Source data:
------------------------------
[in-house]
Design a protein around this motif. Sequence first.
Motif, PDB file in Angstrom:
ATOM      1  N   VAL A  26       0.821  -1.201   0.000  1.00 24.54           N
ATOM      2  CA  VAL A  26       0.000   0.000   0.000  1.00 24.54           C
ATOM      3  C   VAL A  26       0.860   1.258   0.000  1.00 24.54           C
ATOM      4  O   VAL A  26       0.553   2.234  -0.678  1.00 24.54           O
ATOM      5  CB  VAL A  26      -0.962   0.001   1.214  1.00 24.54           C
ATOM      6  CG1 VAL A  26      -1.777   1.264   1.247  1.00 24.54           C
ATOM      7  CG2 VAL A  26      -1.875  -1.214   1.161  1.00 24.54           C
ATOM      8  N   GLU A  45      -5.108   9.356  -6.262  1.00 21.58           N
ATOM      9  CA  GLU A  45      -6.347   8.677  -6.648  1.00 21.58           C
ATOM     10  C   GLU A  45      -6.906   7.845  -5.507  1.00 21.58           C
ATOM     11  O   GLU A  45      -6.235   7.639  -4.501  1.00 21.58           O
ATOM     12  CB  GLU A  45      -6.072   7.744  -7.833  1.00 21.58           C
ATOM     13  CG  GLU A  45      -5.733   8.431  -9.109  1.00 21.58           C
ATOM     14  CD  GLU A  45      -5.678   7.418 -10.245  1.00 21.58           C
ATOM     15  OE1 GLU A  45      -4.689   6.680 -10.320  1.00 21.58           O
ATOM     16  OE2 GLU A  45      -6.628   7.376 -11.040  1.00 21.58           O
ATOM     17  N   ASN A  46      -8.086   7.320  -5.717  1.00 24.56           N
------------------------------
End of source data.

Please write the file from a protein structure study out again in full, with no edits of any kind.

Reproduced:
[in-house]
Design a protein around this motif. Sequence first.
Motif, PDB file in Angstrom:
ATOM      1  N   VAL A  26       0.821  -1.201   0.000  1.00 24.54           N
ATOM      2  CA  VAL A  26       0.000   0.000   0.000  1.00 24.54           C
ATOM      3  C   VAL A  26       0.860   1.258   0.000  1.00 24.54           C
ATOM      4  O   VAL A  26       0.553   2.234  -0.678  1.00 24.54           O
ATOM      5  CB  VAL A  26      -0.962   0.001   1.214  1.00 24.54           C
ATOM      6  CG1 VAL A  26      -1.777   1.264   1.247  1.00 24.54           C
ATOM      7  CG2 VAL A  26      -1.875  -1.214   1.161  1.00 24.54           C
ATOM      8  N   GLU A  45      -5.108   9.356  -6.262  1.00 21.58           N
ATOM      9  CA  GLU A  45      -6.347   8.677  -6.648  1.00 21.58           C
ATOM     10  C   GLU A  45      -6.906   7.845  -5.507  1.00 21.58           C
ATOM     11  O   GLU A  45      -6.235   7.639  -4.501  1.00 21.58           O
ATOM     12  CB  GLU A  45      -6.072   7.744  -7.833  1.00 21.58           C
ATOM     13  CG  GLU A  45      -5.733   8.431  -9.109  1.00 21.58           C
ATOM     14  CD  GLU A  45      -5.678   7.418 -10.245  1.00 21.58           C
ATOM     15  OE1 GLU A  45      -4.689   6.680 -10.320  1.00 21.58           O
ATOM     16  OE2 GLU A  45      -6.628   7.376 -11.040  1.00 21.58           O
ATOM     17  N   ASN A  46      -8.086   7.320  -5.717  1.00 24.56           N